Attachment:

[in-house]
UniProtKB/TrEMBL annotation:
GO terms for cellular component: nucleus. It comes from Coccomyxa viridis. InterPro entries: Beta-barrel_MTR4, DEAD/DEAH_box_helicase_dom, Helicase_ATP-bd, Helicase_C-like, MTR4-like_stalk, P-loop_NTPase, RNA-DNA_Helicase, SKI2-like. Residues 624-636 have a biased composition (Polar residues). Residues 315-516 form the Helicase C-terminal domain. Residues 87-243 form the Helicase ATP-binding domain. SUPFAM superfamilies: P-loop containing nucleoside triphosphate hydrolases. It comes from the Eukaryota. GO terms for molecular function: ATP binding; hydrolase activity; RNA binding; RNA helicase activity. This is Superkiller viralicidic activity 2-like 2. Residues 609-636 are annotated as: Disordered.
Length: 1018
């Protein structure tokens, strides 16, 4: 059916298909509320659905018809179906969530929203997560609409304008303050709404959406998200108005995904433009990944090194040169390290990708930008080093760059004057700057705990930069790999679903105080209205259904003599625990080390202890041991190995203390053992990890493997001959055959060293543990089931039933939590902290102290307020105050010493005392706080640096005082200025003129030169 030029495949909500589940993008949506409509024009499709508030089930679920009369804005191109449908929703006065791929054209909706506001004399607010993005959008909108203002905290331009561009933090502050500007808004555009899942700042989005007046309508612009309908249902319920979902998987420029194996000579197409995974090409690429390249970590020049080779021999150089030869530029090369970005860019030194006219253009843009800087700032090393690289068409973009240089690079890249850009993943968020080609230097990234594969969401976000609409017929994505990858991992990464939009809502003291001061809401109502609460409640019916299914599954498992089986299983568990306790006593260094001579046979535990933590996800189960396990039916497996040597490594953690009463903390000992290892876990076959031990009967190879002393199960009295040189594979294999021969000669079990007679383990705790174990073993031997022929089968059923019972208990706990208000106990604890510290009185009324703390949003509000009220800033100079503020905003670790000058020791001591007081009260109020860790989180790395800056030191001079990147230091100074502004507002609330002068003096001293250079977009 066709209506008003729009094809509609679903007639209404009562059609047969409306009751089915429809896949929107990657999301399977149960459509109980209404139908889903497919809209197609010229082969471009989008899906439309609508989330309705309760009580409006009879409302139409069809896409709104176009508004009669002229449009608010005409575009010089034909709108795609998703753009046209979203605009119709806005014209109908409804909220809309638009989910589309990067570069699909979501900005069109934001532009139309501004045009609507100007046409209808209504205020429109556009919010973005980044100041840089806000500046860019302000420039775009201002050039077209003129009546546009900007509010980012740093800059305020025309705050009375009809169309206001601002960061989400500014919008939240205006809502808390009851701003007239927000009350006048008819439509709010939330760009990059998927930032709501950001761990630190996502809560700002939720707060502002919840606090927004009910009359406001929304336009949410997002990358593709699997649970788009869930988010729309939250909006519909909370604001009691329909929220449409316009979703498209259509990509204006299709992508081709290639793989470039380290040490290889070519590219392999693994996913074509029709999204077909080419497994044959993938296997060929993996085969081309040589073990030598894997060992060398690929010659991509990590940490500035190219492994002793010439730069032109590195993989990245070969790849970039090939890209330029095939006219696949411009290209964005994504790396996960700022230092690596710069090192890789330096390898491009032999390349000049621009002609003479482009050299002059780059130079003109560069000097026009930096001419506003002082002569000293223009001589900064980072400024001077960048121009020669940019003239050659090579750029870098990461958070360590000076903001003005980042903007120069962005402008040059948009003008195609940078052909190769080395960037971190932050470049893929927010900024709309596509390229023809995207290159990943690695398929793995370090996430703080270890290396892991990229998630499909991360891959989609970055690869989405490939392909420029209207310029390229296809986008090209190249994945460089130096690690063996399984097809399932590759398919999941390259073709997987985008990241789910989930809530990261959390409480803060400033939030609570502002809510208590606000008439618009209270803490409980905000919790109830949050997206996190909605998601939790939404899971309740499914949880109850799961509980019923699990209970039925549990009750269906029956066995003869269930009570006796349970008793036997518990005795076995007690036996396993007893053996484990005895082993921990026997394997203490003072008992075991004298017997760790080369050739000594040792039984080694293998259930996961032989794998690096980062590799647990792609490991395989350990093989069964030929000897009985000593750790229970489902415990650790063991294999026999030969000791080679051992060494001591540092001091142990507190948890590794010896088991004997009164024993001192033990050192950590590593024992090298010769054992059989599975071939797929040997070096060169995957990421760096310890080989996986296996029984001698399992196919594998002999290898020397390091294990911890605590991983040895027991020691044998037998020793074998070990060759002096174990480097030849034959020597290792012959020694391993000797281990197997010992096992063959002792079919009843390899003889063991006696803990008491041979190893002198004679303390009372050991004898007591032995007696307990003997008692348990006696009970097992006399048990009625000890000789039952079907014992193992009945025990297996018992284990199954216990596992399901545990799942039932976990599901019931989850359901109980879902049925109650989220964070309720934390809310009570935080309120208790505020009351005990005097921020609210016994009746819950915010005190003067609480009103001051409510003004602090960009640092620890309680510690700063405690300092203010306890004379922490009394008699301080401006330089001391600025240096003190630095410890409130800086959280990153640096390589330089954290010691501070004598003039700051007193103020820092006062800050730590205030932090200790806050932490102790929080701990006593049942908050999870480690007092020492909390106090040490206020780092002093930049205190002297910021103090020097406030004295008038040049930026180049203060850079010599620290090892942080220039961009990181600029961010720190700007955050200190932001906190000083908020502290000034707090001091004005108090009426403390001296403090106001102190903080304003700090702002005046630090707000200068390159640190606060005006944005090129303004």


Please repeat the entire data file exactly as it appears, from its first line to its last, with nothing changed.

[in-house]
UniProtKB/TrEMBL annotation:
GO terms for cellular component: nucleus. It comes from Coccomyxa viridis. InterPro entries: Beta-barrel_MTR4, DEAD/DEAH_box_helicase_dom, Helicase_ATP-bd, Helicase_C-like, MTR4-like_stalk, P-loop_NTPase, RNA-DNA_Helicase, SKI2-like. Residues 624-636 have a biased composition (Polar residues). Residues 315-516 form the Helicase C-terminal domain. Residues 87-243 form the Helicase ATP-binding domain. SUPFAM superfamilies: P-loop containing nucleoside triphosphate hydrolases. It comes from the Eukaryota. GO terms for molecular function: ATP binding; hydrolase activity; RNA binding; RNA helicase activity. This is Superkiller viralicidic activity 2-like 2. Residues 609-636 are annotated as: Disordered.
Length: 1018
């Protein structure tokens, strides 16, 4: 059916298909509320659905018809179906969530929203997560609409304008303050709404959406998200108005995904433009990944090194040169390290990708930008080093760059004057700057705990930069790999679903105080209205259904003599625990080390202890041991190995203390053992990890493997001959055959060293543990089931039933939590902290102290307020105050010493005392706080640096005082200025003129030169 030029495949909500589940993008949506409509024009499709508030089930679920009369804005191109449908929703006065791929054209909706506001004399607010993005959008909108203002905290331009561009933090502050500007808004555009899942700042989005007046309508612009309908249902319920979902998987420029194996000579197409995974090409690429390249970590020049080779021999150089030869530029090369970005860019030194006219253009843009800087700032090393690289068409973009240089690079890249850009993943968020080609230097990234594969969401976000609409017929994505990858991992990464939009809502003291001061809401109502609460409640019916299914599954498992089986299983568990306790006593260094001579046979535990933590996800189960396990039916497996040597490594953690009463903390000992290892876990076959031990009967190879002393199960009295040189594979294999021969000669079990007679383990705790174990073993031997022929089968059923019972208990706990208000106990604890510290009185009324703390949003509000009220800033100079503020905003670790000058020791001591007081009260109020860790989180790395800056030191001079990147230091100074502004507002609330002068003096001293250079977009 066709209506008003729009094809509609679903007639209404009562059609047969409306009751089915429809896949929107990657999301399977149960459509109980209404139908889903497919809209197609010229082969471009989008899906439309609508989330309705309760009580409006009879409302139409069809896409709104176009508004009669002229449009608010005409575009010089034909709108795609998703753009046209979203605009119709806005014209109908409804909220809309638009989910589309990067570069699909979501900005069109934001532009139309501004045009609507100007046409209808209504205020429109556009919010973005980044100041840089806000500046860019302000420039775009201002050039077209003129009546546009900007509010980012740093800059305020025309705050009375009809169309206001601002960061989400500014919008939240205006809502808390009851701003007239927000009350006048008819439509709010939330760009990059998927930032709501950001761990630190996502809560700002939720707060502002919840606090927004009910009359406001929304336009949410997002990358593709699997649970788009869930988010729309939250909006519909909370604001009691329909929220449409316009979703498209259509990509204006299709992508081709290639793989470039380290040490290889070519590219392999693994996913074509029709999204077909080419497994044959993938296997060929993996085969081309040589073990030598894997060992060398690929010659991509990590940490500035190219492994002793010439730069032109590195993989990245070969790849970039090939890209330029095939006219696949411009290209964005994504790396996960700022230092690596710069090192890789330096390898491009032999390349000049621009002609003479482009050299002059780059130079003109560069000097026009930096001419506003002082002569000293223009001589900064980072400024001077960048121009020669940019003239050659090579750029870098990461958070360590000076903001003005980042903007120069962005402008040059948009003008195609940078052909190769080395960037971190932050470049893929927010900024709309596509390229023809995207290159990943690695398929793995370090996430703080270890290396892991990229998630499909991360891959989609970055690869989405490939392909420029209207310029390229296809986008090209190249994945460089130096690690063996399984097809399932590759398919999941390259073709997987985008990241789910989930809530990261959390409480803060400033939030609570502002809510208590606000008439618009209270803490409980905000919790109830949050997206996190909605998601939790939404899971309740499914949880109850799961509980019923699990209970039925549990009750269906029956066995003869269930009570006796349970008793036997518990005795076995007690036996396993007893053996484990005895082993921990026997394997203490003072008992075991004298017997760790080369050739000594040792039984080694293998259930996961032989794998690096980062590799647990792609490991395989350990093989069964030929000897009985000593750790229970489902415990650790063991294999026999030969000791080679051992060494001591540092001091142990507190948890590794010896088991004997009164024993001192033990050192950590590593024992090298010769054992059989599975071939797929040997070096060169995957990421760096310890080989996986296996029984001698399992196919594998002999290898020397390091294990911890605590991983040895027991020691044998037998020793074998070990060759002096174990480097030849034959020597290792012959020694391993000797281990197997010992096992063959002792079919009843390899003889063991006696803990008491041979190893002198004679303390009372050991004898007591032995007696307990003997008692348990006696009970097992006399048990009625000890000789039952079907014992193992009945025990297996018992284990199954216990596992399901545990799942039932976990599901019931989850359901109980879902049925109650989220964070309720934390809310009570935080309120208790505020009351005990005097921020609210016994009746819950915010005190003067609480009103001051409510003004602090960009640092620890309680510690700063405690300092203010306890004379922490009394008699301080401006330089001391600025240096003190630095410890409130800086959280990153640096390589330089954290010691501070004598003039700051007193103020820092006062800050730590205030932090200790806050932490102790929080701990006593049942908050999870480690007092020492909390106090040490206020780092002093930049205190002297910021103090020097406030004295008038040049930026180049203060850079010599620290090892942080220039961009990181600029961010720190700007955050200190932001906190000083908020502290000034707090001091004005108090009426403390001296403090106001102190903080304003700090702002005046630090707000200068390159640190606060005006944005090129303004």